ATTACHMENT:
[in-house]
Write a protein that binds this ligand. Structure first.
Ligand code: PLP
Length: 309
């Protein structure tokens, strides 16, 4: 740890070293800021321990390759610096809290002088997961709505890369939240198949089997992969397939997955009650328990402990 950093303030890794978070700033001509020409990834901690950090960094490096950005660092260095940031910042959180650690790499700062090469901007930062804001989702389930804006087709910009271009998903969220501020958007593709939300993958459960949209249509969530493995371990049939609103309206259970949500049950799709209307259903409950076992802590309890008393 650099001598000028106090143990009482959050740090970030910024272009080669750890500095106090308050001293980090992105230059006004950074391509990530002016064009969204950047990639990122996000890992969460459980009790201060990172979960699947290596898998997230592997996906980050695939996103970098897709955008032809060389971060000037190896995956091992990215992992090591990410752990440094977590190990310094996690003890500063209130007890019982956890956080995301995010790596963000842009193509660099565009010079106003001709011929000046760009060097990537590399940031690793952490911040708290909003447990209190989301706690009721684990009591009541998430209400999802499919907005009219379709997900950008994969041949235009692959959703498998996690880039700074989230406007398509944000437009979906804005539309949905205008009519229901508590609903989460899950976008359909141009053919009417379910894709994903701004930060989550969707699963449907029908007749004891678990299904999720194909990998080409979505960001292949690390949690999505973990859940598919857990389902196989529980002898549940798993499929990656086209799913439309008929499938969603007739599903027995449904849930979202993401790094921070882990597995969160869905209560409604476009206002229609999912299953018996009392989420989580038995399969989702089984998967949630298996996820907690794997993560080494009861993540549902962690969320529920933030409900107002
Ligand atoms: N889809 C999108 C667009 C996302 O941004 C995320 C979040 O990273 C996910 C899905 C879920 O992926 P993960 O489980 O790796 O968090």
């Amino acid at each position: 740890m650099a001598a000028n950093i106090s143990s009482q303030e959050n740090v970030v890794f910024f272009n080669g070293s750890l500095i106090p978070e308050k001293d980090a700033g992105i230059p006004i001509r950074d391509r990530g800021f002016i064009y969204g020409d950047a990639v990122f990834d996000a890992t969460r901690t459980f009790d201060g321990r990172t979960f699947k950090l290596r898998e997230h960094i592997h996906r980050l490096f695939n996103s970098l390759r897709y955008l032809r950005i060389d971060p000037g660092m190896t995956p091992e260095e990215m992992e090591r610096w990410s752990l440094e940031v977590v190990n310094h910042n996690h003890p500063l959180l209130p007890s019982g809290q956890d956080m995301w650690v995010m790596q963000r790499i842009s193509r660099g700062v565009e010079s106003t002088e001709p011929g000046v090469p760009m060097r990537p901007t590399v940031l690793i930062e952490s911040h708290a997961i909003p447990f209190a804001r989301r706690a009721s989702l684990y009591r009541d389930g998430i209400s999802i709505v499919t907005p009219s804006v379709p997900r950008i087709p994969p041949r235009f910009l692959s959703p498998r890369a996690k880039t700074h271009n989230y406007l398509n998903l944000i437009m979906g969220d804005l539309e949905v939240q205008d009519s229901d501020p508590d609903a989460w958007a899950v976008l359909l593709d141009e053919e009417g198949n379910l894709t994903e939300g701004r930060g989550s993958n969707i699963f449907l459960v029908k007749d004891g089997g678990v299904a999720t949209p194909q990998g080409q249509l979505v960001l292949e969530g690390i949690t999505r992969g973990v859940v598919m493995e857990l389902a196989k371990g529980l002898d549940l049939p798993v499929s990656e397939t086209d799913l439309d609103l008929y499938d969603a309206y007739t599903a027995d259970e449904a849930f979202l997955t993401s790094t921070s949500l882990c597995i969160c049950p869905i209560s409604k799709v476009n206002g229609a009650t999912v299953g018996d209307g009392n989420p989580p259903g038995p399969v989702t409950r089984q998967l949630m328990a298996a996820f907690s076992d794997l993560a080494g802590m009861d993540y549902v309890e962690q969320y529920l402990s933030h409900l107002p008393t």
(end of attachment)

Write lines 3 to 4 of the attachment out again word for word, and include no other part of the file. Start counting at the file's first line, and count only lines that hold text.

Ligand code: PLP
Length: 309